United Republican Senators Continue Assault on Virginians' Voting Rights

Senator Creigh Deeds calls Senate Bill 536 “ the height of paranoia.”

Today, Senate Republicans passed yet another divisive bill that makes it more difficult for Virginians to vote. Senate Bill 536 is designed to deny Virginians their right to vote on Election Day if they have previously returned an absentee ballot — even if that ballot is blank or damaged. This continues a month-long trend of mean-spirited Republican legislation that seeks to strip Virginians of their most basic rights.

Senator Creigh Deeds (D-Bath County) said, "In this situation, when a ballot is returned, unvoted, the person’s vote is provisional. This bill is the height of paranoia. This bill is not the request of most registrars. It is absolutely unnecessary. This is one of the worst bills I’ve ever seen, and I hope we vote it down."

Senator Barbara Favola (D-Arlington) said, "Provisional ballots are too frequently not counted. We weaken our democracy when we force some people to vote in a way that increases the likelihood their vote will not be counted. This is a solution in search of a problem."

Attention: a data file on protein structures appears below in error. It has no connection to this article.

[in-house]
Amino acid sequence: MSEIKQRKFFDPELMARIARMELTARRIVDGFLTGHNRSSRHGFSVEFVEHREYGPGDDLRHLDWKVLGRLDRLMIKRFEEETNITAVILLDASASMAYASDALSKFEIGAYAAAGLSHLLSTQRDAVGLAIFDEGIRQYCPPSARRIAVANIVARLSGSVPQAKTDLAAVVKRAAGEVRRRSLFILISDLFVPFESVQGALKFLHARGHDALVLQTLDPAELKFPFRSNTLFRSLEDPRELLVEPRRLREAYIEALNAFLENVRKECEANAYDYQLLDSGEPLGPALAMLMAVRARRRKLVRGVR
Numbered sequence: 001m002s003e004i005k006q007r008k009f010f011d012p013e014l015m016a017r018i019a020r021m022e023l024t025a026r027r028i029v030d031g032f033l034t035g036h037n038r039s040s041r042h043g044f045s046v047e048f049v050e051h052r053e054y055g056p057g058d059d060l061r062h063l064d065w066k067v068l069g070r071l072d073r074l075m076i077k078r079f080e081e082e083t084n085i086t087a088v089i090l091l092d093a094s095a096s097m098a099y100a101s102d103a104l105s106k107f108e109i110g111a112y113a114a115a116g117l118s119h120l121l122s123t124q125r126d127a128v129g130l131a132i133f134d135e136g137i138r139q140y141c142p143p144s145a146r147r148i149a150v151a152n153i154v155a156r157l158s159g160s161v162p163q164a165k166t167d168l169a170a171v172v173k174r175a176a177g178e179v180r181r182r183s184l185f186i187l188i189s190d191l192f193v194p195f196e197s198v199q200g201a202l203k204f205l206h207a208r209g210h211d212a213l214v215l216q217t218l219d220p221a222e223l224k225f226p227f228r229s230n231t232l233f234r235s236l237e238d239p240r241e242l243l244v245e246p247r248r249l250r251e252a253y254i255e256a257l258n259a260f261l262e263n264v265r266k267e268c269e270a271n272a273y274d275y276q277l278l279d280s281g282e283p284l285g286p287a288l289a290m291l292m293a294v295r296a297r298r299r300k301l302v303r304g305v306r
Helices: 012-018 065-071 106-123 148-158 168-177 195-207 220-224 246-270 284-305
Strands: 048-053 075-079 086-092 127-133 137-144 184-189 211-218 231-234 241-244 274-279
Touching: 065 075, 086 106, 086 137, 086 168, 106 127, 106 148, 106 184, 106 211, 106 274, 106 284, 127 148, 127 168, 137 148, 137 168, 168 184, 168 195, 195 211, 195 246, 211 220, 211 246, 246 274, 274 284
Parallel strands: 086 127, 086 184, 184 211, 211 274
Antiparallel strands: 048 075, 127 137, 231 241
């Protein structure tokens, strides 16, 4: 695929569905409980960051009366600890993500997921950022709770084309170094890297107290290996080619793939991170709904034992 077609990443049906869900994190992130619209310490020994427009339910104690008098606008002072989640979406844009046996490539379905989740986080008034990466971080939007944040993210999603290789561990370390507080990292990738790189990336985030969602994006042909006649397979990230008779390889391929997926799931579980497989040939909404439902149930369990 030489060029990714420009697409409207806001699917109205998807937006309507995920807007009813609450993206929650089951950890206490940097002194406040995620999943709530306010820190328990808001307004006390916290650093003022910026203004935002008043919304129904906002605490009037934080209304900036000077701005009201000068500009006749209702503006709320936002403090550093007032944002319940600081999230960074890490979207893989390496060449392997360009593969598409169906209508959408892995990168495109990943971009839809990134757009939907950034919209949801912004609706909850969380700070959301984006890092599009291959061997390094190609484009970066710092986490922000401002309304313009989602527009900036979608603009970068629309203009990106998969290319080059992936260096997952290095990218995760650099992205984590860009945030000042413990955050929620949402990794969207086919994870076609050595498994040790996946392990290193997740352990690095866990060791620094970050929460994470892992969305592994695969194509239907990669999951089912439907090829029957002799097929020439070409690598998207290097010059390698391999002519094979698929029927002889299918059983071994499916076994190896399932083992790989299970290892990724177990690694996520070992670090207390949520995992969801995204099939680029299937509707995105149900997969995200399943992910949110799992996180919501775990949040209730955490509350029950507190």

In the past month, Senate Republicans have passed two other bills that limit access to voting, SB 57 and SB 1, which in the name of solving a non-existent problem may prevent thousands of Virginians from voting and cost the commonwealth millions of dollars. According to Demos, a non-partisan think tank, voter identification and other requirements passed by the Senate Republicans this year have cost other states dearly; Indiana has spent  $12.2 million enforcing it’s voter ID laws over the past four years, while Missouri has estimated its costs at "$6 million for the first year and $4 million per year thereafter."

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